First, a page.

Author + information
- Received July 24, 2015
- Revision received September 30, 2015
- Accepted October 2, 2015
- Published online February 1, 2016.
- Douglas P. Zipes, MDa,∗ (, )
- Petr Neuzil, MDb,
- Heinz Theres, MDc,
- David Caraway, MD, PhDd,
- Douglas L. Mann, MDe,
- Clas Mannheimer, MDf,
- Peter Van Buren, MDg,
- Cecilia Linde, MDh,
- Bengt Linderoth, MDh,
- Fred Kueffer, MSi,
- Scott A. Sarazin, BSi,
- Michael J.L. DeJongste, MDj,
- on behalf of the DEFEAT-HF Trial Investigators
- aIndiana University School of Medicine, Indianapolis, Indiana
- bNa Homolce Hospital, Prague, Czech Republic
- cCharité Universitätsmedizin Berlin, Berlin, Germany
- dSt. Mary’s Medical Center, Huntington, West Virginia
- eWashington University School of Medicine, St. Louis, Missouri
- fSahlgrenska University Hospital, Göteborg, Sweden
- gFletcher Allen Healthcare, Burlington, Vermont
- hKarolinska University Hospital, Stockholm, Sweden
- iMedtronic, Minneapolis, Minnesota
- jUniversitair Medisch Centrum Groningen and University of Groningen, Groningen, the Netherlands
- ↵∗Reprint requests and correspondence:
Dr. Douglas P. Zipes, Indiana University School of Medicine, Krannert Institute of Cardiology, 1800 N. Capitol Avenue, E316, Indianapolis, Indiana 46202.
Objectives The primary objective of the study was a change in left ventricular end-systolic volume index (LVESVi) from baseline to 6 months of spinal cord stimulation (SCS) therapy in the treatment arm compared to the control arm as measured by echocardiography. Secondary objectives were changes in peak oxygen uptake and N-terminal pro–B-type natriuretic peptide (NT-proBNP) between the treatment arm and control arm from baseline through 6 months.
Background Abnormal neurohormonal activation is often responsible for progression of heart failure (HF). Treatment has often included drug therapy to modulate the neurohormonal axis. The purpose of the DEFEAT-HF (Determining the Feasibility of Spinal Cord Neuromodulation for the Treatment of Chronic Heart Failure) clinical study was to evaluate whether direct modulation of the nervous system through SCS improved HF metrics, including heart size, biomarkers, functional capacity, and symptoms.
Methods The DEFEAT-HF study was a prospective, multicenter randomized (3:2), parallel, single-blind, controlled study to investigate whether SCS was a feasible therapy for the treatment of systolic HF for patients with New York Heart Association functional class III HF, left ventricular ejection fraction (LVEF) ≤35%, QRS duration <120 ms, and left ventricular end-diastolic dimension ≥55 mm. The primary objective of the DEFEAT-HF study was to evaluate the reduction in LVESVi after 6 months of SCS therapy in the treatment arm compared to the control arm.
Results In total, 81 patients were enrolled, with 66 successfully randomized and implanted with the SCS device system. Seventy-six percent (50 of 66) had an implantable cardioverter-defibrillator at the baseline visit. Among randomized patients, the mean age was 61 years, 79% were male, mean LVEF was 27%, and mean QRS duration was 105 ms. The change in LVESVi over 6 months was not significantly different between randomization arms (SCS OFF: –2.2 [95% confidence interval: –9.1 to 4.6] vs. SCS ON: 2.1 [95% confidence interval: –2.7 to 6.9]; p = 0.30). Analyses of secondary endpoints for the study were also not significantly different.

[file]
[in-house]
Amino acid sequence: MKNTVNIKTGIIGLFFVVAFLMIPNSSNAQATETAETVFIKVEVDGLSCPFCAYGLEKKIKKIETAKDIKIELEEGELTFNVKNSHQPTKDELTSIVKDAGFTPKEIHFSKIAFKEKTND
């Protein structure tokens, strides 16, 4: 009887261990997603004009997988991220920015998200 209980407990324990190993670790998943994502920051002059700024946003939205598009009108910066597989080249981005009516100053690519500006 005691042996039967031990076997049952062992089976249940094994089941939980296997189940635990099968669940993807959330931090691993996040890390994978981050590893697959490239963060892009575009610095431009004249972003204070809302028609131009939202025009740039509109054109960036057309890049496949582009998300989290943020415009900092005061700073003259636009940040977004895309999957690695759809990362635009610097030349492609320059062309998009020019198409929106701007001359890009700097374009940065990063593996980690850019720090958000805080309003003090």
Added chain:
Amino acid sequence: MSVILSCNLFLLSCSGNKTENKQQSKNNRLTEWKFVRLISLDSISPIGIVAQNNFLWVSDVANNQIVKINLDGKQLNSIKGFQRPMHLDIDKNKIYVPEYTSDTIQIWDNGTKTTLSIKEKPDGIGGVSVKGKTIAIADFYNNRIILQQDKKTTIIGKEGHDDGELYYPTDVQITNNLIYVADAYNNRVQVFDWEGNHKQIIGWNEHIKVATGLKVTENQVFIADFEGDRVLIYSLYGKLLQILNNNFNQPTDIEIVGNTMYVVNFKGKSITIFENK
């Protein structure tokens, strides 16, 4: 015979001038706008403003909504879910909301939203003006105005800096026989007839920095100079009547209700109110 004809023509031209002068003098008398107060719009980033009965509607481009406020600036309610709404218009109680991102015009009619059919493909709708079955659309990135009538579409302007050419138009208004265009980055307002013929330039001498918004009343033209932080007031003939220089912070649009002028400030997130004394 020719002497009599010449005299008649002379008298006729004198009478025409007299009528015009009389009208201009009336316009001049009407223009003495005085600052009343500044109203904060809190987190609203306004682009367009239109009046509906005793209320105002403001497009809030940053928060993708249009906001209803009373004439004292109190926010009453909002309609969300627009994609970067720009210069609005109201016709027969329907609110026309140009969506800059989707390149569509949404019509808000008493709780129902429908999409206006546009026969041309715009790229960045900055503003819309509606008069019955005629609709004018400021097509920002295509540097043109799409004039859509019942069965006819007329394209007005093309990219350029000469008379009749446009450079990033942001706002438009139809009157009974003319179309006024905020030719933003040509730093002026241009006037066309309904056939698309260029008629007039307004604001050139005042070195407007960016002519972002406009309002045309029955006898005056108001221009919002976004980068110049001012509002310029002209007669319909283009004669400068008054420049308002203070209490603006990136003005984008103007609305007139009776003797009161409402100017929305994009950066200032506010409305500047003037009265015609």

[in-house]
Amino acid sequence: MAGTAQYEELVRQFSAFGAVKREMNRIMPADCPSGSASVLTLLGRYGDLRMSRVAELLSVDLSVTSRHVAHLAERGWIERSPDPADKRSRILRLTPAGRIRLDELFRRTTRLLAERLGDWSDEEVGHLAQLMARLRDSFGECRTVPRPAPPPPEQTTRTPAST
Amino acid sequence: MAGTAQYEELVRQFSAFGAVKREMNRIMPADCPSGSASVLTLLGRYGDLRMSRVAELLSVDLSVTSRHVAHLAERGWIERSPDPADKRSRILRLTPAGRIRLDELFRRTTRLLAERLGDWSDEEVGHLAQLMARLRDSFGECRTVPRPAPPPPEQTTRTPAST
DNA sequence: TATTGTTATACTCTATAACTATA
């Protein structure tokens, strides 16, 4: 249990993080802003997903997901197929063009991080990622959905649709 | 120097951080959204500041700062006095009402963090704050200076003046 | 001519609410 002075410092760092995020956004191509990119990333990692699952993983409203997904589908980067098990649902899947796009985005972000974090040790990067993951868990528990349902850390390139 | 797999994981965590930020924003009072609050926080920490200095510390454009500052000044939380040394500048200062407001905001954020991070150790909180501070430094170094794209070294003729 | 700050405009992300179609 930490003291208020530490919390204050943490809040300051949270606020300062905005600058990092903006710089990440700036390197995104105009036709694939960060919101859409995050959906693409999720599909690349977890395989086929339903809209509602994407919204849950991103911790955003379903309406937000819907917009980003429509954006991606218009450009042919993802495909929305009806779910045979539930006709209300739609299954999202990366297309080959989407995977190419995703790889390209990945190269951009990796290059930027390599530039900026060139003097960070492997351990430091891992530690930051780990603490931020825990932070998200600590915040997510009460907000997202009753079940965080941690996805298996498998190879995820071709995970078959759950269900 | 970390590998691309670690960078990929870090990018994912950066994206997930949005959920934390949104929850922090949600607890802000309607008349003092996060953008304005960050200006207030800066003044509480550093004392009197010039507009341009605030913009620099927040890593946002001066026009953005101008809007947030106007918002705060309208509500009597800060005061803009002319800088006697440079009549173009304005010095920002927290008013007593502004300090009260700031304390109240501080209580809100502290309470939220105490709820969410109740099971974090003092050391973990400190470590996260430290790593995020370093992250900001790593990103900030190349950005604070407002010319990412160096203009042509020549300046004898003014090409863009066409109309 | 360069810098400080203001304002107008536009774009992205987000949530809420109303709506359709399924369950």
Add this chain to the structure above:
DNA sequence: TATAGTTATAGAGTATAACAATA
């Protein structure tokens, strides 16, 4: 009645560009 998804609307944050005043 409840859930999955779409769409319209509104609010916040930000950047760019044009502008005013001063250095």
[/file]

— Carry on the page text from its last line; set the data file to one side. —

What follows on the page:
Conclusions The present study does not provide evidence to support a meaningful change in clinical outcomes for HF patients receiving SCS. (Determining the Feasibility of Spinal Cord Neuromodulation for the Treatment of Chronic Heart Failure [DEFEAT-HF]; NCT01112579)
Dr. Neuzil has received research grant support from Medtronic; and has served as a consultant for Boston Scientific, St. Jude Medical, and Biosense Webster. Dr. Theres has received research grant support from and served on the advisory board for Medtronic; and has served on the Speakers Bureau for Servier. Dr. Caraway has served on the advisory board and steering committee for and received research grant support from Medtronic. Drs. Mann and Van Buren have served as consultants for Medtronic. Dr. Linde has received research grant support and honoraria from Medtronic; has served as a consultant for and received honoraria from St. Jude Medical, Novartis, Cardio3, Vifor, and Medtronic. Dr. Linderoth has served as a consultant for Medtronic, St. Jude Medical, Boston Scientific, and ElektaAB. Mr. Kueffer and Mr. Sarazin are employees of Medtronic. Dr. DeJongste has received speakers fees from Medtronic and St. Jude Medical. All other authors have reported that they have no relationships relevant to the contents of this paper to disclose.
- Received July 24, 2015.
- Revision received September 30, 2015.
- Accepted October 2, 2015.
- 2016 American College of Cardiology Foundation